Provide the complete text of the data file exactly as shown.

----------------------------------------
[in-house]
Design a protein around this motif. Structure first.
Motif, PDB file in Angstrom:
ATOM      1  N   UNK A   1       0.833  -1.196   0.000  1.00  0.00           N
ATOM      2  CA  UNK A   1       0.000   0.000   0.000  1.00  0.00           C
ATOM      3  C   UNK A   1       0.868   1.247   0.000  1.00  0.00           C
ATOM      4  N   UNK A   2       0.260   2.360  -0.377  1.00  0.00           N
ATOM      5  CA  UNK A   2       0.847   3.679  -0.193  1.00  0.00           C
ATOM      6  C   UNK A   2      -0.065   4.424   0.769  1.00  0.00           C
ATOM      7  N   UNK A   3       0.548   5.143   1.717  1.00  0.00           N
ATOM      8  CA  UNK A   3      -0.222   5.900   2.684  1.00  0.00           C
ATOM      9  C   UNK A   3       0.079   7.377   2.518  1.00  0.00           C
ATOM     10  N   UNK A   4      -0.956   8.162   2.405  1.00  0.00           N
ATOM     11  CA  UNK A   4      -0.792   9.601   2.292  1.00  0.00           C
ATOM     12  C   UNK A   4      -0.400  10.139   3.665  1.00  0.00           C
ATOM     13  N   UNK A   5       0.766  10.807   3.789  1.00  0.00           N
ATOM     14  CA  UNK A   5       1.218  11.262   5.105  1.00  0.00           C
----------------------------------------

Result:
[in-house]
Design a protein around this motif. Structure first.
Motif, PDB file in Angstrom:
ATOM      1  N   UNK A   1       0.833  -1.196   0.000  1.00  0.00           N
ATOM      2  CA  UNK A   1       0.000   0.000   0.000  1.00  0.00           C
ATOM      3  C   UNK A   1       0.868   1.247   0.000  1.00  0.00           C
ATOM      4  N   UNK A   2       0.260   2.360  -0.377  1.00  0.00           N
ATOM      5  CA  UNK A   2       0.847   3.679  -0.193  1.00  0.00           C
ATOM      6  C   UNK A   2      -0.065   4.424   0.769  1.00  0.00           C
ATOM      7  N   UNK A   3       0.548   5.143   1.717  1.00  0.00           N
ATOM      8  CA  UNK A   3      -0.222   5.900   2.684  1.00  0.00           C
ATOM      9  C   UNK A   3       0.079   7.377   2.518  1.00  0.00           C
ATOM     10  N   UNK A   4      -0.956   8.162   2.405  1.00  0.00           N
ATOM     11  CA  UNK A   4      -0.792   9.601   2.292  1.00  0.00           C
ATOM     12  C   UNK A   4      -0.400  10.139   3.665  1.00  0.00           C
ATOM     13  N   UNK A   5       0.766  10.807   3.789  1.00  0.00           N
ATOM     14  CA  UNK A   5       1.218  11.262   5.105  1.00  0.00           C